Daily Current Affairs : 7th and 8th September 2023

Daily Current Affairs for UPSC CSE

Topics Covered

  1. Food Processing Industry
  2. Fugitive Economic Offenders Act
  3. Heat Index
  4. India- ASEAN Relationship
  5. Global Biofuel alliance
  6. How unemployment is measured
  7. Facts for Prelims

    1 . Food Processing Industry

    Context: India’s food processing sector is expected to generate 9 million jobs by 2024, and by 2030 India’s household consumption would quadruple, making it the world’s fifth-largest consumer of food and food technology, said Prabodh Halde, western region chairman, All India Food Processors’ Association. 

    What is food processing

    • Food processing refers to a series of techniques and methods used to transform raw ingredients into consumable food products. 
    • This can include various activities like washing, cutting, cooking, packaging, and preserving foods to enhance their safety, shelf life, taste, and nutritional value. 
    • Food processing is essential in modern food production to meet the demands of consumers and ensure food safety standards are met. It can range from simple methods like canning to complex industrial processes like extrusion or fermentation. 


    • Agricultural Growth: India is an agrarian economy with a vast agricultural sector. Food processing helps in reducing post-harvest losses, adding value to agricultural produce, and increasing farmers’ income. 
    • Food Security: It plays a crucial role in ensuring food security by preserving and making food available throughout the year, reducing wastage, and stabilizing prices. 
    • Employment Generation: The food processing industry is a major source of employment, especially in rural areas, providing jobs in processing, packaging, transportation, and marketing of food products. 
    • Export Potential: Processed food products have export potential, contributing to foreign exchange earnings and boosting the country’s economy. 
    • Nutritional Improvement: Processing can enhance the nutritional content of food through fortification, enrichment, and preservation techniques, addressing malnutrition concerns. 
    • Convenience and Diversity: Processed foods offer convenience to consumers and a wide variety of choices, catering to diverse tastes and preferences. 
    • Rural Development: Establishing food processing units in rural areas can promote rural development, reduce migration, and improve the standard of living. 
    • Infrastructure Development: The food processing industry’s growth stimulates the development of infrastructure such as cold storage facilities, transportation networks, and packaging technologies. 
    • Integration with Agriculture: It encourages integration between agriculture and industry, fostering a more efficient and sustainable food supply chain. 
    • Meeting Urban Demand: As urbanization increases, processed foods help meet the demand for convenient, ready-to-eat, and packaged food products in urban areas. 

    Upstream Requirements

    • Raw Materials: The industry relies on a steady supply of raw materials, such as fruits, vegetables, grains, and livestock, which must meet quality and safety standards.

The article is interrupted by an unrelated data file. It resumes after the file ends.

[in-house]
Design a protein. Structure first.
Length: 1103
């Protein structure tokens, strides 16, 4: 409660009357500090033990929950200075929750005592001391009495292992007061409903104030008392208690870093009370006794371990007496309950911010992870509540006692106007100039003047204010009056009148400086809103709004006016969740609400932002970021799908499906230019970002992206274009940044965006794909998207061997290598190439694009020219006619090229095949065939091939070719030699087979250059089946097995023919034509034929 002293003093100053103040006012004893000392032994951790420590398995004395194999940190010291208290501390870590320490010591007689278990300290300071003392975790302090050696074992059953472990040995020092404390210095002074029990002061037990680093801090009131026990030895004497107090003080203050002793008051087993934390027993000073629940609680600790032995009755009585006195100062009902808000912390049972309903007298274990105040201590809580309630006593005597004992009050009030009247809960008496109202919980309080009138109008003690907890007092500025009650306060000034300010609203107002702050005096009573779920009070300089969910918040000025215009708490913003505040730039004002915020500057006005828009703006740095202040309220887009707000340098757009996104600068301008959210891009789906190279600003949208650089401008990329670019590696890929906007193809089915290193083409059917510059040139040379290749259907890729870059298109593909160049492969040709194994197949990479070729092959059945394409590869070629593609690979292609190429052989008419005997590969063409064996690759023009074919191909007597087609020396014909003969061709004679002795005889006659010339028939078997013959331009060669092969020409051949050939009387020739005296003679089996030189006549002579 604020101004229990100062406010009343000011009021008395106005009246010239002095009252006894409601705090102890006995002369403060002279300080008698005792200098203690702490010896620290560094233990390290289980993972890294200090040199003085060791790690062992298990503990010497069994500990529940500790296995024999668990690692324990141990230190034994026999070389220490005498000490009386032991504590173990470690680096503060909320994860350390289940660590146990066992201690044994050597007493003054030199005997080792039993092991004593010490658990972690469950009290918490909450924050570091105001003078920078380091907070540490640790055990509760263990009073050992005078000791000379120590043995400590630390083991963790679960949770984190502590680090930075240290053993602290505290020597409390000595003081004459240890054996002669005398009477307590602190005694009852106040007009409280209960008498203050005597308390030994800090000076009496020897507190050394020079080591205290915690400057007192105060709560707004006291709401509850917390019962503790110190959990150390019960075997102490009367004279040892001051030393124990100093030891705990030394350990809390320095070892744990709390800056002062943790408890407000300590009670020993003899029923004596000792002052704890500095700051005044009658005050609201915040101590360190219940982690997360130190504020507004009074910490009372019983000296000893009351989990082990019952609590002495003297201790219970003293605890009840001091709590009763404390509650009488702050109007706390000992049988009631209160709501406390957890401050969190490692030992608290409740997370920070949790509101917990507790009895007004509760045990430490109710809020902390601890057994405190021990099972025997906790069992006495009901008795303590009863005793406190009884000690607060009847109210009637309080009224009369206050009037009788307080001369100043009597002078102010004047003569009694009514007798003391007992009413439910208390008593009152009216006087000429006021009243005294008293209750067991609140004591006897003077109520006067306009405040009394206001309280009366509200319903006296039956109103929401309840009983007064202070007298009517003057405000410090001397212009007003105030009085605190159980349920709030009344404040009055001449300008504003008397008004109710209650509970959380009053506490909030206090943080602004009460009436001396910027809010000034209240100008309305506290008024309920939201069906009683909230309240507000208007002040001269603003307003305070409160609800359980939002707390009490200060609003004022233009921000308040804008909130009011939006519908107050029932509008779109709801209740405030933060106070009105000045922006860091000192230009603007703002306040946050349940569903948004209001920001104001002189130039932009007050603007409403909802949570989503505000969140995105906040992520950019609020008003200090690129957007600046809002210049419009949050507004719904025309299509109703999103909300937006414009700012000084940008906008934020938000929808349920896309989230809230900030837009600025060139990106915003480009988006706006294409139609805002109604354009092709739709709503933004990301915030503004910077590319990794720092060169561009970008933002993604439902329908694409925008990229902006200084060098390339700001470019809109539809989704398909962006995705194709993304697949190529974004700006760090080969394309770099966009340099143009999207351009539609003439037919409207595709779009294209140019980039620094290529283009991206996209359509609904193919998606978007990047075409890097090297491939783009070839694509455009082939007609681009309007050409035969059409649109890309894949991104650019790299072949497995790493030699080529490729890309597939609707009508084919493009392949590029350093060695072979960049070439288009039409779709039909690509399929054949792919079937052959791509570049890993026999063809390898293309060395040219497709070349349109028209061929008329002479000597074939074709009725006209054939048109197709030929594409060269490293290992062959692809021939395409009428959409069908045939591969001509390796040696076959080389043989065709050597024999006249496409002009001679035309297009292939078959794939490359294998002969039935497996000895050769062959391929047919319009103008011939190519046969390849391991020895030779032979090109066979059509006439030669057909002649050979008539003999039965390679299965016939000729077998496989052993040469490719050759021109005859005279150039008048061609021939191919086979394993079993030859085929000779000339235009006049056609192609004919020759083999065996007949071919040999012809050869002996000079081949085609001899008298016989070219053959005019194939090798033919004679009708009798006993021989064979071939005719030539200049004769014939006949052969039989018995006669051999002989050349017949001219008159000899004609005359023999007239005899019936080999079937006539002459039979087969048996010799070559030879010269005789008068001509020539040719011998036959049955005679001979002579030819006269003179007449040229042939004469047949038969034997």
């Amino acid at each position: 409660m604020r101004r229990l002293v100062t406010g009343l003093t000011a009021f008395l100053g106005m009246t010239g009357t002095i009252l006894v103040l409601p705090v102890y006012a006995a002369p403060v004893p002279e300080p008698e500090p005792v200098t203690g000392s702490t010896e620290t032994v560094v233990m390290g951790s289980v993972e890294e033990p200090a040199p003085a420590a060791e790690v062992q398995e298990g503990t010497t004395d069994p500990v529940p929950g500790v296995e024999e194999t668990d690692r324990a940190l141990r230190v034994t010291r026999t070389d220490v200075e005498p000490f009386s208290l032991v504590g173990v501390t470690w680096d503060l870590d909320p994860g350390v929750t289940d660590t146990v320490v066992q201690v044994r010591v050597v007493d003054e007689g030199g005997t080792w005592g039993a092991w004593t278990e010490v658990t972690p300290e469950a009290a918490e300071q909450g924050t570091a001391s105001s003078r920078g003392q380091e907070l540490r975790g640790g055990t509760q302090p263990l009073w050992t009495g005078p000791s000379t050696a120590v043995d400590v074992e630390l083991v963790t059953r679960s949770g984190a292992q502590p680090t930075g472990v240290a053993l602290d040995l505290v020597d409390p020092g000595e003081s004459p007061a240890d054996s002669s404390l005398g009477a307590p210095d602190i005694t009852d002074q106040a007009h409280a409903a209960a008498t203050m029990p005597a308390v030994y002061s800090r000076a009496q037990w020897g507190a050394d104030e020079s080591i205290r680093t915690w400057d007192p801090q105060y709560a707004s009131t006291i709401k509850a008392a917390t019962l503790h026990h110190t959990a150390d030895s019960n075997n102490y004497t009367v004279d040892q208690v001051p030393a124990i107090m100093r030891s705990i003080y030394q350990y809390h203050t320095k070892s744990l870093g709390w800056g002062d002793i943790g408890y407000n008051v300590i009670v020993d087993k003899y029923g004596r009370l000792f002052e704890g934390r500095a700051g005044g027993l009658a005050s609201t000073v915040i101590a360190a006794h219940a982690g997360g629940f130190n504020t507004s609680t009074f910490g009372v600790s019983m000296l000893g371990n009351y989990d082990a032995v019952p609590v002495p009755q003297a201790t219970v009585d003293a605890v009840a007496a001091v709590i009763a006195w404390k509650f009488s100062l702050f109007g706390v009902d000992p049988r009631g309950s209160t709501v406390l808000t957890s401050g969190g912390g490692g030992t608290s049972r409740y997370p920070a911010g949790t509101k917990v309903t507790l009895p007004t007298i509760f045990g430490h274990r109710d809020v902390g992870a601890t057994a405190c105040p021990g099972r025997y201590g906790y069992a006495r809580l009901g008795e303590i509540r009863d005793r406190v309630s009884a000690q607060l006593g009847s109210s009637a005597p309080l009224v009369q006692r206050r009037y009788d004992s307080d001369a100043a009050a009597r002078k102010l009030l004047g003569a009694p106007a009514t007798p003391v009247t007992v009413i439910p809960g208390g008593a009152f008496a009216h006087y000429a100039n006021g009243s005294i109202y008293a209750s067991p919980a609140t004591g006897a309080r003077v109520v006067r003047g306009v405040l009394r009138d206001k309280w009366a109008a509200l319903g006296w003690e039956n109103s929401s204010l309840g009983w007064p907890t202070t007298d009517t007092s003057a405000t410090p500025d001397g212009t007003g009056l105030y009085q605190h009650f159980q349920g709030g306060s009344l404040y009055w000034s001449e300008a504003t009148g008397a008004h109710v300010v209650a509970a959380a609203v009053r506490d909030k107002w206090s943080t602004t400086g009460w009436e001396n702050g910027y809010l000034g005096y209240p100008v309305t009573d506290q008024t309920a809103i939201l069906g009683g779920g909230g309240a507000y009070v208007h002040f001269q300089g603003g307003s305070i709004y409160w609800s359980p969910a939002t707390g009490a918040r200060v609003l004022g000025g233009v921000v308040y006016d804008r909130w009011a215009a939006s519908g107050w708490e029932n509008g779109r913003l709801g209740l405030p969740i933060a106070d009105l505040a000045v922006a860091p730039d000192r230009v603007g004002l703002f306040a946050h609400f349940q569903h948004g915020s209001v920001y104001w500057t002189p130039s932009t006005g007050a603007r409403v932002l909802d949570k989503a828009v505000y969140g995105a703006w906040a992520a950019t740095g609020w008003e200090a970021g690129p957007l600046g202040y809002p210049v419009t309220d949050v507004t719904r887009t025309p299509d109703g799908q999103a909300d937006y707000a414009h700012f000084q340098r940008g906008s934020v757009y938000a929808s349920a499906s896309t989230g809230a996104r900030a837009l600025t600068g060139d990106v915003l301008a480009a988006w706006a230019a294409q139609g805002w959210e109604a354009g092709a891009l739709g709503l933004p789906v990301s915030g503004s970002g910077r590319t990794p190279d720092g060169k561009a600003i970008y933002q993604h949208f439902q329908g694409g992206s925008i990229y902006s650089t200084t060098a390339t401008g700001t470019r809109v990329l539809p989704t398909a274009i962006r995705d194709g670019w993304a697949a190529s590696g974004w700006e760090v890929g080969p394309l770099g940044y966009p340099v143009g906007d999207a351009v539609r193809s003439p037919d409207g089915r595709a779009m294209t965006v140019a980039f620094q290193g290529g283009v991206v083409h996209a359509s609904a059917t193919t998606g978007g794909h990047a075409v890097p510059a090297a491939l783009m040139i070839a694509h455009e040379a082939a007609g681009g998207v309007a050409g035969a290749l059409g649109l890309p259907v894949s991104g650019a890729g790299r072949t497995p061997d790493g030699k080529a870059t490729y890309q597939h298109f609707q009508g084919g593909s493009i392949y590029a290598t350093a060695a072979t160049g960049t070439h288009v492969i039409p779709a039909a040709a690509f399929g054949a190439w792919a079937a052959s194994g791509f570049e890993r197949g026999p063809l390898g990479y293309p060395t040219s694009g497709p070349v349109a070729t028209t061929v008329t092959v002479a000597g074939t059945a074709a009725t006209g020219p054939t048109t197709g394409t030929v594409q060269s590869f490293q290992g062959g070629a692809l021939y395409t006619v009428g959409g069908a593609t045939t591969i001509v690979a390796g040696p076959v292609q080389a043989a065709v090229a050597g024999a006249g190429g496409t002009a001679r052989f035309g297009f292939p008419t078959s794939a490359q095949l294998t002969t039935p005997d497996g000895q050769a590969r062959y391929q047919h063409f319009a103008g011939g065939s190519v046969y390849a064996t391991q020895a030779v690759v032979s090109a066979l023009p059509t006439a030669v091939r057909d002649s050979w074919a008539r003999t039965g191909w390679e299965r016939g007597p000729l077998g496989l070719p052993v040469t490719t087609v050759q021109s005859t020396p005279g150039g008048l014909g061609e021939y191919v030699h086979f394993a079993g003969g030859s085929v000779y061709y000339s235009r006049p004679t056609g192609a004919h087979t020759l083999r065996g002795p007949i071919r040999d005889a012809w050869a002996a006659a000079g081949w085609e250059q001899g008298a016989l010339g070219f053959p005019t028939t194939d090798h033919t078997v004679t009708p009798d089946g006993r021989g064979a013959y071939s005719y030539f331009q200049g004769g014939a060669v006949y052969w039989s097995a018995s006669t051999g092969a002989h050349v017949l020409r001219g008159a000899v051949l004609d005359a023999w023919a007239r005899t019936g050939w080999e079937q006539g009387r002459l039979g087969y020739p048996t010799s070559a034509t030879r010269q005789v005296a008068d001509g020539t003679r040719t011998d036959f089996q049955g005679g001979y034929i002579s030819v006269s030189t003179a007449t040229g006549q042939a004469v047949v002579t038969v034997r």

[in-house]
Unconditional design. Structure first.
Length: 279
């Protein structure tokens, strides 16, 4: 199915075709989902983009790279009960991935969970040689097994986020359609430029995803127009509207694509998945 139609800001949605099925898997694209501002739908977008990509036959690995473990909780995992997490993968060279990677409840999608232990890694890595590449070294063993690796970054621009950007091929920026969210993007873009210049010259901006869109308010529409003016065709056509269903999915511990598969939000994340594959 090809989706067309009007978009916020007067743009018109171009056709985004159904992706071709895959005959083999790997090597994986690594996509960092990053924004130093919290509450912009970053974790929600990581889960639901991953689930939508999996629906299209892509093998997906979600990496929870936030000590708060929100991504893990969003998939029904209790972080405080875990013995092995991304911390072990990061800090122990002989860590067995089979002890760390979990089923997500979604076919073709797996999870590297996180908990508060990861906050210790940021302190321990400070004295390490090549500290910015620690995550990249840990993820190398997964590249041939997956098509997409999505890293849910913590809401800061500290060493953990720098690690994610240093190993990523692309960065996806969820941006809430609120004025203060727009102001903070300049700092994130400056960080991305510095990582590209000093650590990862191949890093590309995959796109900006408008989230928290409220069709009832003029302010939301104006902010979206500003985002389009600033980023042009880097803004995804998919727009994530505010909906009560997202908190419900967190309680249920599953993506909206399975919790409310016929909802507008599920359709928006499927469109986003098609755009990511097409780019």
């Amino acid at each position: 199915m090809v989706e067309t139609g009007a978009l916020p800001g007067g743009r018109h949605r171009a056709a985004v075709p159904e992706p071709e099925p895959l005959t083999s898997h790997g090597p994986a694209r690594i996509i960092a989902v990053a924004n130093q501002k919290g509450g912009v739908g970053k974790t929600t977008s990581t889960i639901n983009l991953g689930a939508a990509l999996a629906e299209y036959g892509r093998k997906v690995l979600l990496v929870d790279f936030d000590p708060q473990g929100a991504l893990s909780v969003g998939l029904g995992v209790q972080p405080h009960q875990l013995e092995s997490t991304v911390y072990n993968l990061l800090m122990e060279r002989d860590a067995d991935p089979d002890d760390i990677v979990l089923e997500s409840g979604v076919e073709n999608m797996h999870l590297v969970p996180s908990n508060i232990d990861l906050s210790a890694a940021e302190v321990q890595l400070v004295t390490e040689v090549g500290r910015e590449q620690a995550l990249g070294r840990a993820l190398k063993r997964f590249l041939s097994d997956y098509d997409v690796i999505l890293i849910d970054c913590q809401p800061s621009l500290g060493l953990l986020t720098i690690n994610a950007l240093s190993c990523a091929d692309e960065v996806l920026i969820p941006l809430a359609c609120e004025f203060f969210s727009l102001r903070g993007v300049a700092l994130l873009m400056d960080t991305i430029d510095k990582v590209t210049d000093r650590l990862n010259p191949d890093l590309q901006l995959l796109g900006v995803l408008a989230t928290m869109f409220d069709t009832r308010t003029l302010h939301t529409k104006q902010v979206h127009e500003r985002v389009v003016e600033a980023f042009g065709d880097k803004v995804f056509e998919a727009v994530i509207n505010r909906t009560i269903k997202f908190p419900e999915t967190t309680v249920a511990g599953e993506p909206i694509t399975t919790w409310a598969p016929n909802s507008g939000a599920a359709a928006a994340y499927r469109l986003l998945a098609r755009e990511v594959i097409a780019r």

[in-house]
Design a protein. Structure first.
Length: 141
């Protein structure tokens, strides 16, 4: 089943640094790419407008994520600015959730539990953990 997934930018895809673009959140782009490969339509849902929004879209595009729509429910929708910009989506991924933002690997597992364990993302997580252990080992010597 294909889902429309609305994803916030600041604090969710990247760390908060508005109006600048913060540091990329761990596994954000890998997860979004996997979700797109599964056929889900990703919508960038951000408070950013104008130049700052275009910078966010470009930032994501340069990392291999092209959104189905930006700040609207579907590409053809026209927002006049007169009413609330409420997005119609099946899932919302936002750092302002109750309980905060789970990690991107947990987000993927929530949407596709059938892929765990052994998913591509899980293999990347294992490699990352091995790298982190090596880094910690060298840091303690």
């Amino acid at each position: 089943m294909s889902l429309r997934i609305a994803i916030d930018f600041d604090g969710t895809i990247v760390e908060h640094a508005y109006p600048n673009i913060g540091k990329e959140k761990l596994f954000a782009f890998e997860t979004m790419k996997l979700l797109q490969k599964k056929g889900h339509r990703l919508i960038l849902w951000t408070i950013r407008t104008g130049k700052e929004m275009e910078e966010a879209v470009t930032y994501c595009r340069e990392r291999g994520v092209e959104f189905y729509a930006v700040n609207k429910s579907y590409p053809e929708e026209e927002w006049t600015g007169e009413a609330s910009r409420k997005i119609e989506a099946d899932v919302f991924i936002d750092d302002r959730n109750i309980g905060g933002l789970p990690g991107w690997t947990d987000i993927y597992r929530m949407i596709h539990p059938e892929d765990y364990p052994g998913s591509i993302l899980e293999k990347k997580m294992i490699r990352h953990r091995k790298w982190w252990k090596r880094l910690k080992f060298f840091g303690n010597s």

• Farm Management: Proper farming practices, including crop cultivation, animal husbandry, and fisheries management, are essential to ensure a consistent and healthy supply of raw materials. 
    • Harvesting and Procurement: Efficient methods for harvesting, collecting, and procuring raw materials are critical to maintain their quality. 
    • Transportation: Effective transportation networks are needed to move raw materials from farms and production centers to processing facilities while maintaining freshness and safety. 
    • Storage: Adequate storage facilities, including cold storage for perishables, are crucial to prevent spoilage and preserve raw materials. 

    Downstream Requirements

    • Processing Facilities: Well-equipped processing plants with appropriate machinery and technology are essential for converting raw materials into finished food products. 
    • Quality Control: Stringent quality control measures and testing are needed at various stages to ensure product safety, consistency, and compliance with standards. 
    • Packaging: Proper packaging materials and techniques are required to protect products from contamination, extend shelf life, and meet labeling regulations. 
    • Distribution and Logistics: Efficient distribution channels and logistics networks are necessary to transport finished products to consumers, wholesalers, retailers, or export markets. 
    • Marketing and Sales: Effective marketing strategies, including branding, advertising, and distribution channels, play a vital role in promoting and selling food products. 
    • Compliance and Regulations: The industry must adhere to food safety, labeling, and quality regulations imposed by government authorities. 
    • Research and Development: Ongoing research and development efforts are essential for product innovation, improving production processes, and meeting changing consumer preferences. 
    • Waste Management: Proper waste disposal and environmental considerations are important to minimize the environmental impact of food processing operations.